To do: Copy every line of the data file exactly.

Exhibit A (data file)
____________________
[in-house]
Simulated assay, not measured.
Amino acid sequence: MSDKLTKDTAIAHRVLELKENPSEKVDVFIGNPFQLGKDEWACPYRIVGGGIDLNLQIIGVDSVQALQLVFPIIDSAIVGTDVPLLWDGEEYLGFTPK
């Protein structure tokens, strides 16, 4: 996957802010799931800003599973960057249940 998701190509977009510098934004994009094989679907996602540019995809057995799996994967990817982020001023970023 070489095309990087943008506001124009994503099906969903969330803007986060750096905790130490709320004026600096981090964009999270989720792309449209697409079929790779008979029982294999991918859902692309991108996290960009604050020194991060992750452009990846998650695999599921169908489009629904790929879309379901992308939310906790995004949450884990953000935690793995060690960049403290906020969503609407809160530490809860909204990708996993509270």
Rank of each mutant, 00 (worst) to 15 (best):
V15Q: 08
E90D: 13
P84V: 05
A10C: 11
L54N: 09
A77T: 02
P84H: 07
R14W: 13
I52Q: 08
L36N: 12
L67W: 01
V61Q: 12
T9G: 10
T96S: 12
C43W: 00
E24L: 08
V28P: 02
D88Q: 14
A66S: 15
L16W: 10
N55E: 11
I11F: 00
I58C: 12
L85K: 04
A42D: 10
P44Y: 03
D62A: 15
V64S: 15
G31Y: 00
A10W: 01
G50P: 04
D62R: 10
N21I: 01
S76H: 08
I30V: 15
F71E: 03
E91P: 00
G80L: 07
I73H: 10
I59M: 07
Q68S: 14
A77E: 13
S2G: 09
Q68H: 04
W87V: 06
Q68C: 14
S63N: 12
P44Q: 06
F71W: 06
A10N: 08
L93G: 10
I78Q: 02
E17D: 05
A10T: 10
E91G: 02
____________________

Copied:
[in-house]
Simulated assay, not measured.
Amino acid sequence: MSDKLTKDTAIAHRVLELKENPSEKVDVFIGNPFQLGKDEWACPYRIVGGGIDLNLQIIGVDSVQALQLVFPIIDSAIVGTDVPLLWDGEEYLGFTPK
């Protein structure tokens, strides 16, 4: 996957802010799931800003599973960057249940 998701190509977009510098934004994009094989679907996602540019995809057995799996994967990817982020001023970023 070489095309990087943008506001124009994503099906969903969330803007986060750096905790130490709320004026600096981090964009999270989720792309449209697409079929790779008979029982294999991918859902692309991108996290960009604050020194991060992750452009990846998650695999599921169908489009629904790929879309379901992308939310906790995004949450884990953000935690793995060690960049403290906020969503609407809160530490809860909204990708996993509270």
Rank of each mutant, 00 (worst) to 15 (best):
V15Q: 08
E90D: 13
P84V: 05
A10C: 11
L54N: 09
A77T: 02
P84H: 07
R14W: 13
I52Q: 08
L36N: 12
L67W: 01
V61Q: 12
T9G: 10
T96S: 12
C43W: 00
E24L: 08
V28P: 02
D88Q: 14
A66S: 15
L16W: 10
N55E: 11
I11F: 00
I58C: 12
L85K: 04
A42D: 10
P44Y: 03
D62A: 15
V64S: 15
G31Y: 00
A10W: 01
G50P: 04
D62R: 10
N21I: 01
S76H: 08
I30V: 15
F71E: 03
E91P: 00
G80L: 07
I73H: 10
I59M: 07
Q68S: 14
A77E: 13
S2G: 09
Q68H: 04
W87V: 06
Q68C: 14
S63N: 12
P44Q: 06
F71W: 06
A10N: 08
L93G: 10
I78Q: 02
E17D: 05
A10T: 10
E91G: 02